Part 1: Yesterday
I’m living the dream. My screen shot looks like a jet-setter’s dessert menu, a collection of exotic treats to be consumed with enthusiasm and moderation.
Ever wonder what the dream looks like? Let’s pull back the curtain to see what the Wiz is up to.
Today’s workload was relatively light and pressure free. Got up 6 AM to exercise on my bike…and still hadn’t ridden nearly 19 hours later. New York is three hours ahead, so I decided to have a quick chat with my web designer before she’d get buried beneath the pile of other duties on her desk.
My next task was pitching another New Yorker an article for Pro Sound News. There are multiple plates spinning, so I memorialized the chat in a detailed email to remind us where we left off. Before I knew it, a couple hours passed. I thought, “I better get outside before it’s too late.”
I step into the garage to prep my bicycle and right away I receive an email from my client, Rotimikeys, telling me that he’s having trouble uploading audio files. I went back inside to check my server, and learned that the problem was on his end. He’s eight hours ahead, in Lagos, Nigeria. We sort out the problem just as the phone rings.
I take the call from David Demeter of Drum Lab. We have a detailed discussion about an upcoming workshop related to drum mic’ing and mixing. Lunchtime rolls around and I still haven’t ridden or mixed a single note.
Fast forward to a dinner meeting. Delicious vegetarian Indian curry with an interesting, talented and charming recording engineer… Had fun, returned to studio, figured out why Rotimikeys’ files weren’t downloading from wetransfer. It’s after midnight for me, and a brand new day in Lagos.
The files get here a few minutes later. I load them into Pro Tools to make sure that they are in good shape. I email Rotimikeys to confirm that I’ll be able to hit the ground running in 12-ish hours.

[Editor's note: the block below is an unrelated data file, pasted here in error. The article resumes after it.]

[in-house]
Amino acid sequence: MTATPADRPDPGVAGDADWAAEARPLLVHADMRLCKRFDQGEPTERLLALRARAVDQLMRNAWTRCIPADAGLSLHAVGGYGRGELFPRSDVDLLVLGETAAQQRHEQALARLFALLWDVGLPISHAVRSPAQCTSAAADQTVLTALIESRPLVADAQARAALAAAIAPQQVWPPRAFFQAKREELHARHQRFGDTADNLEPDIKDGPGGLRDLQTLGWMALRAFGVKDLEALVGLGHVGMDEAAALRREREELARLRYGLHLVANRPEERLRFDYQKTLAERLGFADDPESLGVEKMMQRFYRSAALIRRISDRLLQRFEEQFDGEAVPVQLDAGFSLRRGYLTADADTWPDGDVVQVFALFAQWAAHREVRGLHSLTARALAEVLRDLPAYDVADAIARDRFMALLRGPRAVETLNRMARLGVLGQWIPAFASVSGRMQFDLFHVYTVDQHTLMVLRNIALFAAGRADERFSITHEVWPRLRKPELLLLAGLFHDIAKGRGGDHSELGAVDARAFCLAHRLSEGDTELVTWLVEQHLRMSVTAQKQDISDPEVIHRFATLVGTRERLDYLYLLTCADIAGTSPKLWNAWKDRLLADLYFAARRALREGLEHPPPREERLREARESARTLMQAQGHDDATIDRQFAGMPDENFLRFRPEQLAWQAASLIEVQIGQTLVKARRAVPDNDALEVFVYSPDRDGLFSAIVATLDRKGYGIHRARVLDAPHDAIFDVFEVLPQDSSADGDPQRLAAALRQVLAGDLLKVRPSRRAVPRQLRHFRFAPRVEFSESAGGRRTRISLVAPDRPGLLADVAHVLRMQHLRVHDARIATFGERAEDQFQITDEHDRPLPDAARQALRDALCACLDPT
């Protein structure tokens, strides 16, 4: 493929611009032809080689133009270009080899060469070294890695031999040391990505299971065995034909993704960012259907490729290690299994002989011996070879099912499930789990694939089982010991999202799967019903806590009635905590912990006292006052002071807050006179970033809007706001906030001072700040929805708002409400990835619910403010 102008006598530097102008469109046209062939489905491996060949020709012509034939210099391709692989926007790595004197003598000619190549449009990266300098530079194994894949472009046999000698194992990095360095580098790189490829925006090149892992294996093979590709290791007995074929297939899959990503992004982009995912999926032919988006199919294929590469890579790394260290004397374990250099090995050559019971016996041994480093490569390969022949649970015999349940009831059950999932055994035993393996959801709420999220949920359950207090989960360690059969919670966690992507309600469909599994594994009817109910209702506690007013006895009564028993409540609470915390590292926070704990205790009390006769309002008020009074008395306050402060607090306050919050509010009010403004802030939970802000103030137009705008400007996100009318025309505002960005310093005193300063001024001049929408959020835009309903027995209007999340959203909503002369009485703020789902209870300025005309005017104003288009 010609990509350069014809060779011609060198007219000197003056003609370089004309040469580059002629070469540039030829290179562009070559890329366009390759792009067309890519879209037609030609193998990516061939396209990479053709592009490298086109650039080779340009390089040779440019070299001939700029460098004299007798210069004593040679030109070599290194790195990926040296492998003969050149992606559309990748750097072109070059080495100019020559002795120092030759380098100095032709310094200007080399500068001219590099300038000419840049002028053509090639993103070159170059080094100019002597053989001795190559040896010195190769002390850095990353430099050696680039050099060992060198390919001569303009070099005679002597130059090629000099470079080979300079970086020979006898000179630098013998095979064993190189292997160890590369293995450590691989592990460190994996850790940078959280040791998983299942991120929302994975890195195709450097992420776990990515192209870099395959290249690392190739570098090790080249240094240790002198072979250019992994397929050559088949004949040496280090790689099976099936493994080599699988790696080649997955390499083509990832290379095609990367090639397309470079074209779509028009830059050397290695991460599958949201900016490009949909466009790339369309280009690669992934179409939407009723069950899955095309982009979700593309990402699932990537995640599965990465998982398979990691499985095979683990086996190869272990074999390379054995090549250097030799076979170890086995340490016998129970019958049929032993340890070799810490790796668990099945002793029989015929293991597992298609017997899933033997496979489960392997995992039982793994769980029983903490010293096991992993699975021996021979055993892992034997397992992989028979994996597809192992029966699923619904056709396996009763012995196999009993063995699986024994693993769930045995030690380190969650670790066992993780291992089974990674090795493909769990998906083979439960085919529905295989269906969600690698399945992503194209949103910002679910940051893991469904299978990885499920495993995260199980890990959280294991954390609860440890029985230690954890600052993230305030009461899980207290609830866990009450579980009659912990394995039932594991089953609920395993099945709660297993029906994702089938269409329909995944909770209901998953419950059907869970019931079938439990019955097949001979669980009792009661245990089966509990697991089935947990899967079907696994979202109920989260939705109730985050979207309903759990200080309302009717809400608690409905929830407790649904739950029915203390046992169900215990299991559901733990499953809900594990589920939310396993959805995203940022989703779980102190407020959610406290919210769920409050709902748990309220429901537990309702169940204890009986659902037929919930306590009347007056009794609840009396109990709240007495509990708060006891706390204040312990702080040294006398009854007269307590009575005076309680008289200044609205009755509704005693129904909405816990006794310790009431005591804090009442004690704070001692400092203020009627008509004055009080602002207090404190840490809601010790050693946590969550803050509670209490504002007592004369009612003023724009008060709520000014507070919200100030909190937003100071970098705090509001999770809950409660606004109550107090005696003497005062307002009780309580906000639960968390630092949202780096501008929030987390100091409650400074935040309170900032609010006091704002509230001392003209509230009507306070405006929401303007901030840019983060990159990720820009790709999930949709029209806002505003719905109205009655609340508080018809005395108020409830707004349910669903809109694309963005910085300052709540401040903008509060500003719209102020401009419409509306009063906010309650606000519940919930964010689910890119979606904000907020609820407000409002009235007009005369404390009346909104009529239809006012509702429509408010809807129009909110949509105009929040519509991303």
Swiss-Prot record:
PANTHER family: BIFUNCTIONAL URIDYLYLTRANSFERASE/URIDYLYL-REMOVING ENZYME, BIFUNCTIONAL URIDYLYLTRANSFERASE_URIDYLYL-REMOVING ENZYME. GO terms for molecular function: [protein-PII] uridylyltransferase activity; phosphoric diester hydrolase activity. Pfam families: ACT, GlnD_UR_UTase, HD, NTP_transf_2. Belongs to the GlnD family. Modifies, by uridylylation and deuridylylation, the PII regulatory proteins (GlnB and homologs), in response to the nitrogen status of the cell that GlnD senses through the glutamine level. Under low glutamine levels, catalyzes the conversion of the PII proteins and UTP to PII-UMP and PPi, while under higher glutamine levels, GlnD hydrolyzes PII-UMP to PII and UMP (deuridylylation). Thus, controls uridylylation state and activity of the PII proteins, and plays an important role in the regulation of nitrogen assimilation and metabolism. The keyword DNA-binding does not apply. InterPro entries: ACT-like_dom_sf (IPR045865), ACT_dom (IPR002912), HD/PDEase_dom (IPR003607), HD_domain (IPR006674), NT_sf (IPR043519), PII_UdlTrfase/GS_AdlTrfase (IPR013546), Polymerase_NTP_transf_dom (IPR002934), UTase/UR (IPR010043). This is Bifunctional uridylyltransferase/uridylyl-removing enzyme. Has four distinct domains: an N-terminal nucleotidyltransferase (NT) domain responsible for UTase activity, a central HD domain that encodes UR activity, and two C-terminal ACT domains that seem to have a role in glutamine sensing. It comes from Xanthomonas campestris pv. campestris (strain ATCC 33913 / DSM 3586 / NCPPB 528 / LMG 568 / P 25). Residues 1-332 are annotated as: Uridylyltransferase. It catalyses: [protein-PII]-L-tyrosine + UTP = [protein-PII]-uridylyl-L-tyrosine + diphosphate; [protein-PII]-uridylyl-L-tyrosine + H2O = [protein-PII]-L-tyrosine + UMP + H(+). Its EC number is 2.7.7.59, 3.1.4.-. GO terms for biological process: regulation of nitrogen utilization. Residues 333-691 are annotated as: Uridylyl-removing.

I’m living the dream. It’s going to be a long day.
Part 2: Today
It feels like it’s still yesterday. Woke early again to do east coast biz. Rode bike for 90 minutes. Did a conference call with a boutique pro audio manufacturer regarding a three-part press feature connected to the upcoming release of my album.
1:30 PM rolls around and I’m finally mixing a record. It’s a Gospel tune with great musicians…and nearly 100 audio tracks. Plus it’s over five minutes long. Eight hours later, I upload an MP3 of the mix for comments.
If the producer, artist and label approve it, I’m done. I already printed instrumental and a capella stems (submixes), just in case it’s a wrap. If not, I will receive an email with comments, and I’ll print a revision.
Waiting for comments is the toughest part of international jobs. I’m not thrilled about making minuscule subjective changes at midnight, and I’ll bet that the Nigerians are not jumping for joy at the prospect of critical listening and note-taking before sucking down their morning cup o’ java.
Even though the workdays are long and I need to be “on” the entire time, this is the best job on the planet for my personality type. I’m grateful that there are folks in this world who are willing to go the extra mile to work together. As long as they are not complaining about the late nights and early mornings, neither will I.
I’m reminded of the cliche: “Be careful what you ask for, because you just might get it.”
So you want to be a record producer? I do.